(CNN) -- A top Chinese military official said his country's growing military muscle posed no threat to countries in the region. His statement came after high-level talks with his U.S. counterpart, Defense Secretary Robert Gates.
Chinese Defense Minister Liang Guanglie said on state-run television that his country's "research and development of weapons systems are absolutely not intended for targeting any country, and will not pose a threat to any country in the world."
"The Sino-U.S. military relationship has new opportunities for development," Liang told state-run newspaper China Daily. "It also faces challenges," he said, likely referring to the U.S. sale of 60 Black Hawk helicopters, 114 advanced Patriot air defense missiles, a pair of Osprey mine-hunting ships and dozens of advanced communications systems to longtime Chinese adversary Taiwan.
The talks come after tensions flared over a series of heightened security issues between the two countries, including China's development of a radar-evading fighter jet.
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Images and cell phone video of the stealth fighter, known as the J-20, being tested on a runway surfaced recently on the internet.
"I think that what we've seen is that they may be somewhat further ahead in the development of that aircraft than our intelligence had earlier predicted," said Gates, saying earlier that it would not be fully operational until 2020 or 2025.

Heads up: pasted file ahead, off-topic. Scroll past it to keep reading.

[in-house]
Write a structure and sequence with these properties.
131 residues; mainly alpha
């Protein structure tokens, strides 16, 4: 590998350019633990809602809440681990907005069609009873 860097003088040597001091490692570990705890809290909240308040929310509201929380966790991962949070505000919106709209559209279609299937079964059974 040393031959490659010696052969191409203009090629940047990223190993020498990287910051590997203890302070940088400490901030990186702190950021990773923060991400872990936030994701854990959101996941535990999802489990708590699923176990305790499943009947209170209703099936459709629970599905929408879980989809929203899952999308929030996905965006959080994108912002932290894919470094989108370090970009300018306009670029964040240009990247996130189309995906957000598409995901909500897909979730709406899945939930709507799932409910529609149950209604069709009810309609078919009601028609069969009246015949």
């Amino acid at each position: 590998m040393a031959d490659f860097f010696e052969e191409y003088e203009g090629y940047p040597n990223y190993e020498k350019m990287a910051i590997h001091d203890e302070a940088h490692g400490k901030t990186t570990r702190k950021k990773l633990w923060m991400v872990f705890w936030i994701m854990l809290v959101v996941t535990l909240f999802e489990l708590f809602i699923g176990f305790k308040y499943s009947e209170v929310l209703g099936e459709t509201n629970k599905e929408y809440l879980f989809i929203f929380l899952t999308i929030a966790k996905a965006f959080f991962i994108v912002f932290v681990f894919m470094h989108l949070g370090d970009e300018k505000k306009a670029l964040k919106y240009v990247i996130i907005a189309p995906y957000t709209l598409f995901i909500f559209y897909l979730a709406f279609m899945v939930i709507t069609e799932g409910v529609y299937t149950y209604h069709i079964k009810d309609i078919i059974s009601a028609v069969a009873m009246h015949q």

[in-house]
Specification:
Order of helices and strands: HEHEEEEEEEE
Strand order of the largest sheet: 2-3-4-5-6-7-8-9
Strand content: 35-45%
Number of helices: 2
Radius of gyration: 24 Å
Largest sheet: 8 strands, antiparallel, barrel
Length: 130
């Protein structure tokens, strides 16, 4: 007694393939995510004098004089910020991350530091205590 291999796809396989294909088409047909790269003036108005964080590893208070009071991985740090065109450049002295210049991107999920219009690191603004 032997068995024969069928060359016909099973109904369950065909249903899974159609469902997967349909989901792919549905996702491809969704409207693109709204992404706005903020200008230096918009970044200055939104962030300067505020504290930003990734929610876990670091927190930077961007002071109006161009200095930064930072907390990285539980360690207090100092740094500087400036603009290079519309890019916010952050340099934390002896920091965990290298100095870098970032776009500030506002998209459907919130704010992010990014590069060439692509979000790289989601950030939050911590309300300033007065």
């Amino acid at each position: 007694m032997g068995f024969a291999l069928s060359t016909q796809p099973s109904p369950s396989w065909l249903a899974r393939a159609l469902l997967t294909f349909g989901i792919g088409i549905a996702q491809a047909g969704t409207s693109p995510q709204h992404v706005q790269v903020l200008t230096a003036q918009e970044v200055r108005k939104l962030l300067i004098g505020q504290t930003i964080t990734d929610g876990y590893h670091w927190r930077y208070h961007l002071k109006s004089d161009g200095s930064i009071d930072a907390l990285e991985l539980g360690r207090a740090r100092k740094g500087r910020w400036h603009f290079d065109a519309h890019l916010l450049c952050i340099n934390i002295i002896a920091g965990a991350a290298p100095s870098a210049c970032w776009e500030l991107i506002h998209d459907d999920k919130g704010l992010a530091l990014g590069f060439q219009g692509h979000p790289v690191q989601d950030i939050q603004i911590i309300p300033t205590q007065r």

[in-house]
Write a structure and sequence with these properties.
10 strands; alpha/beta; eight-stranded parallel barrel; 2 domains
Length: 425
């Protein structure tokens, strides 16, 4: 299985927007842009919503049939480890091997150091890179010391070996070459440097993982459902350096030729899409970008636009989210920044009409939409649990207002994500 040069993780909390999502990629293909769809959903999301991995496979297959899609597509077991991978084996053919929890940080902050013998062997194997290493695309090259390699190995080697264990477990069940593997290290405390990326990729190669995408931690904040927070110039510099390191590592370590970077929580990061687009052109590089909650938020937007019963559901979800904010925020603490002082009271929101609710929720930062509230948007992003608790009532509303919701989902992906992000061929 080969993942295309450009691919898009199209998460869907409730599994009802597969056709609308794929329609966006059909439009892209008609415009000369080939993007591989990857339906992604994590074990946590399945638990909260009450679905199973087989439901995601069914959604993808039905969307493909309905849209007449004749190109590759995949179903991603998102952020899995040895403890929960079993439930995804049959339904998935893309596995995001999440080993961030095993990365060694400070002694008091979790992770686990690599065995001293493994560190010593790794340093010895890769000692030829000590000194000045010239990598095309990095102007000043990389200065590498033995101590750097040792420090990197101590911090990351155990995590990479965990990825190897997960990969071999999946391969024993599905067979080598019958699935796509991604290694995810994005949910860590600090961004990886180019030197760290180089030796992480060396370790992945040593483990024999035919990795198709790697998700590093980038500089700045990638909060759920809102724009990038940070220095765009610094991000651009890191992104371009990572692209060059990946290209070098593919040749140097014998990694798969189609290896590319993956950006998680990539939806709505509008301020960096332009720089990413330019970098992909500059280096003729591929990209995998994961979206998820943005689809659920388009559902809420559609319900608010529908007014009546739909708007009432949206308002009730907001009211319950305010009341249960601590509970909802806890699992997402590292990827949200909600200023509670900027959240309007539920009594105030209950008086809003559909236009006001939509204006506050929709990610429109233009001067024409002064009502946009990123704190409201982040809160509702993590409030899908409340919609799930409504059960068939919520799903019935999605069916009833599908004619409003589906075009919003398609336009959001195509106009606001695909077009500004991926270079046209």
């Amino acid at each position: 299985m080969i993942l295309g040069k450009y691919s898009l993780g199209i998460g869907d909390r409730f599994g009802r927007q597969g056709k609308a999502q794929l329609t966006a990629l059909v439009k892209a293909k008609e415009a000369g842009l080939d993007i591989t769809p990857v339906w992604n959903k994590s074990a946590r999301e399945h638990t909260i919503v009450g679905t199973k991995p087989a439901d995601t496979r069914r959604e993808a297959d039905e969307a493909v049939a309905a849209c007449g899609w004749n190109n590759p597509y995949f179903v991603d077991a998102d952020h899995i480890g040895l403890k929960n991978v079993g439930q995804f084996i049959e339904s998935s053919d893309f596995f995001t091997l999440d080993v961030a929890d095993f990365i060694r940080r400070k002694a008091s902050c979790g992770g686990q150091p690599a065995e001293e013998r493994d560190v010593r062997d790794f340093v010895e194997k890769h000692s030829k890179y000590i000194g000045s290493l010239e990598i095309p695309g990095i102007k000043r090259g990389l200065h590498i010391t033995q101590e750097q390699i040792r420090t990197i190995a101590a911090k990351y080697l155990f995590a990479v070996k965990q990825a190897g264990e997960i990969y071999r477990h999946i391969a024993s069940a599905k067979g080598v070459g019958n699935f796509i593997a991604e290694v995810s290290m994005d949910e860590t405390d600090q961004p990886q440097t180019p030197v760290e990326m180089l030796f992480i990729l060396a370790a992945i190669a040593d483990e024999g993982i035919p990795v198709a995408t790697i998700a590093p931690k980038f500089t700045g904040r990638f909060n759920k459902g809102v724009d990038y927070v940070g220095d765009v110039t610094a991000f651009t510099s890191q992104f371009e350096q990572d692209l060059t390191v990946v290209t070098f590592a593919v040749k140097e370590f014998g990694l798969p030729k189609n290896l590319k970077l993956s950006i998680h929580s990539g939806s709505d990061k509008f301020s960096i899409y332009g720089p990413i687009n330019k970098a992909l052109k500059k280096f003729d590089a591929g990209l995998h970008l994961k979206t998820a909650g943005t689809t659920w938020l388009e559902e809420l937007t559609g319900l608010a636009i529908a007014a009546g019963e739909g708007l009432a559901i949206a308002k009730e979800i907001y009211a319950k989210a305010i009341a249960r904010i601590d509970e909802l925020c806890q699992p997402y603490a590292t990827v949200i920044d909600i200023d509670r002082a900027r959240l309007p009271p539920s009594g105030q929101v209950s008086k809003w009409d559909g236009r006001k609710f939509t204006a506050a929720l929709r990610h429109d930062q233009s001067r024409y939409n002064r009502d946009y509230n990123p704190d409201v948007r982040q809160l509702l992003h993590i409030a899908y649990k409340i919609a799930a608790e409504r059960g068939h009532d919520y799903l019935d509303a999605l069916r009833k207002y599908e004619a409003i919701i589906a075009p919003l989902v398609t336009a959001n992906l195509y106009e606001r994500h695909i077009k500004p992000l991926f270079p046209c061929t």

Analysts believe the J-20 stealth fighter will have the radar-evading capability of fifth-generation fighters produced by the United States, such as the F-22 and F-35.
But Gates questioned how advanced that capability will be.
The defense secretary said he is still concerned about Chinese progress in developing an anti-ship cruise and ballistic missile that could potentially target U.S. vessels in the region, calling for more cooperation between the two countries.
"Our two nations now have an extraordinary opportunity to define our relationship, not by the obstacles that at times divide us, but by the opportunities that exist to foster greater cooperation and bring us closer together," Gates said Monday. This is his second visit to China since he assumed the post in December 2006.
Read Aviation Week's much better analysis of the J-20 HERE